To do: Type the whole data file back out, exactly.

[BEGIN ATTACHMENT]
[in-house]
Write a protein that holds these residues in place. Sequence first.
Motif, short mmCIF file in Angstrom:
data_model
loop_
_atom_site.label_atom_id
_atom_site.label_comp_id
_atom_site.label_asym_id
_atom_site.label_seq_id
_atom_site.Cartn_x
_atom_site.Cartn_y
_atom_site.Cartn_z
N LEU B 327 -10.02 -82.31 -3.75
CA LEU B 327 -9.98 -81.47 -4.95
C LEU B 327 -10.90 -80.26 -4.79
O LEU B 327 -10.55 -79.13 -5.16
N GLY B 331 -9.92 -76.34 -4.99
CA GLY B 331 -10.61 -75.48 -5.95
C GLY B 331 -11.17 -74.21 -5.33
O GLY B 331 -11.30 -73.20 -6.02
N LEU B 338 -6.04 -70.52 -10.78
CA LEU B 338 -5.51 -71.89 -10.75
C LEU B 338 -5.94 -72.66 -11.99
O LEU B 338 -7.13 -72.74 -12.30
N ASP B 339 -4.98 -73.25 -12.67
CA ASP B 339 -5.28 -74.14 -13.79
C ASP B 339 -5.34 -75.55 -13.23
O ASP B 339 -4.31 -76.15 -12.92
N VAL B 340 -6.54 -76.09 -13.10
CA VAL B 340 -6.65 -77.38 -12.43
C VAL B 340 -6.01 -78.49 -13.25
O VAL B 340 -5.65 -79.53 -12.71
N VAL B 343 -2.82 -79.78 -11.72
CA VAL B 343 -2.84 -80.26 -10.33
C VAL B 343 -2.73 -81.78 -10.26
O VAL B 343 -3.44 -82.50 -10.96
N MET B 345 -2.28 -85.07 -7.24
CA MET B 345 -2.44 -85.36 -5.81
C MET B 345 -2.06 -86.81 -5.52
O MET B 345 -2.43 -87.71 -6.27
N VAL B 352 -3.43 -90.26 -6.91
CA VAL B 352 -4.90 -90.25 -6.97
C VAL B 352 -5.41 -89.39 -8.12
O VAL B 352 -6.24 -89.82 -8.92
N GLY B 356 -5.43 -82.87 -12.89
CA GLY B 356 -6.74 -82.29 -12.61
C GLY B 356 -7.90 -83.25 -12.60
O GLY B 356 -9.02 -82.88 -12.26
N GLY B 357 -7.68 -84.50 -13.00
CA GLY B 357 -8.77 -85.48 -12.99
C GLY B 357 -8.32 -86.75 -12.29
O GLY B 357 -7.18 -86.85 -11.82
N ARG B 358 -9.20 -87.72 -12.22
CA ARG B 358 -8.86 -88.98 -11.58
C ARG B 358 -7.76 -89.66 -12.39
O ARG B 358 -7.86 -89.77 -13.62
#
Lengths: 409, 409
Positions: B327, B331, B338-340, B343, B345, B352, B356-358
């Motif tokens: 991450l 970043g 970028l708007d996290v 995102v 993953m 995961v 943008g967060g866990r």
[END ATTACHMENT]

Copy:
[in-house]
Write a protein that holds these residues in place. Sequence first.
Motif, short mmCIF file in Angstrom:
data_model
loop_
_atom_site.label_atom_id
_atom_site.label_comp_id
_atom_site.label_asym_id
_atom_site.label_seq_id
_atom_site.Cartn_x
_atom_site.Cartn_y
_atom_site.Cartn_z
N LEU B 327 -10.02 -82.31 -3.75
CA LEU B 327 -9.98 -81.47 -4.95
C LEU B 327 -10.90 -80.26 -4.79
O LEU B 327 -10.55 -79.13 -5.16
N GLY B 331 -9.92 -76.34 -4.99
CA GLY B 331 -10.61 -75.48 -5.95
C GLY B 331 -11.17 -74.21 -5.33
O GLY B 331 -11.30 -73.20 -6.02
N LEU B 338 -6.04 -70.52 -10.78
CA LEU B 338 -5.51 -71.89 -10.75
C LEU B 338 -5.94 -72.66 -11.99
O LEU B 338 -7.13 -72.74 -12.30
N ASP B 339 -4.98 -73.25 -12.67
CA ASP B 339 -5.28 -74.14 -13.79
C ASP B 339 -5.34 -75.55 -13.23
O ASP B 339 -4.31 -76.15 -12.92
N VAL B 340 -6.54 -76.09 -13.10
CA VAL B 340 -6.65 -77.38 -12.43
C VAL B 340 -6.01 -78.49 -13.25
O VAL B 340 -5.65 -79.53 -12.71
N VAL B 343 -2.82 -79.78 -11.72
CA VAL B 343 -2.84 -80.26 -10.33
C VAL B 343 -2.73 -81.78 -10.26
O VAL B 343 -3.44 -82.50 -10.96
N MET B 345 -2.28 -85.07 -7.24
CA MET B 345 -2.44 -85.36 -5.81
C MET B 345 -2.06 -86.81 -5.52
O MET B 345 -2.43 -87.71 -6.27
N VAL B 352 -3.43 -90.26 -6.91
CA VAL B 352 -4.90 -90.25 -6.97
C VAL B 352 -5.41 -89.39 -8.12
O VAL B 352 -6.24 -89.82 -8.92
N GLY B 356 -5.43 -82.87 -12.89
CA GLY B 356 -6.74 -82.29 -12.61
C GLY B 356 -7.90 -83.25 -12.60
O GLY B 356 -9.02 -82.88 -12.26
N GLY B 357 -7.68 -84.50 -13.00
CA GLY B 357 -8.77 -85.48 -12.99
C GLY B 357 -8.32 -86.75 -12.29
O GLY B 357 -7.18 -86.85 -11.82
N ARG B 358 -9.20 -87.72 -12.22
CA ARG B 358 -8.86 -88.98 -11.58
C ARG B 358 -7.76 -89.66 -12.39
O ARG B 358 -7.86 -89.77 -13.62
#
Lengths: 409, 409
Positions: B327, B331, B338-340, B343, B345, B352, B356-358
């Motif tokens: 991450l 970043g 970028l708007d996290v 995102v 993953m 995961v 943008g967060g866990r």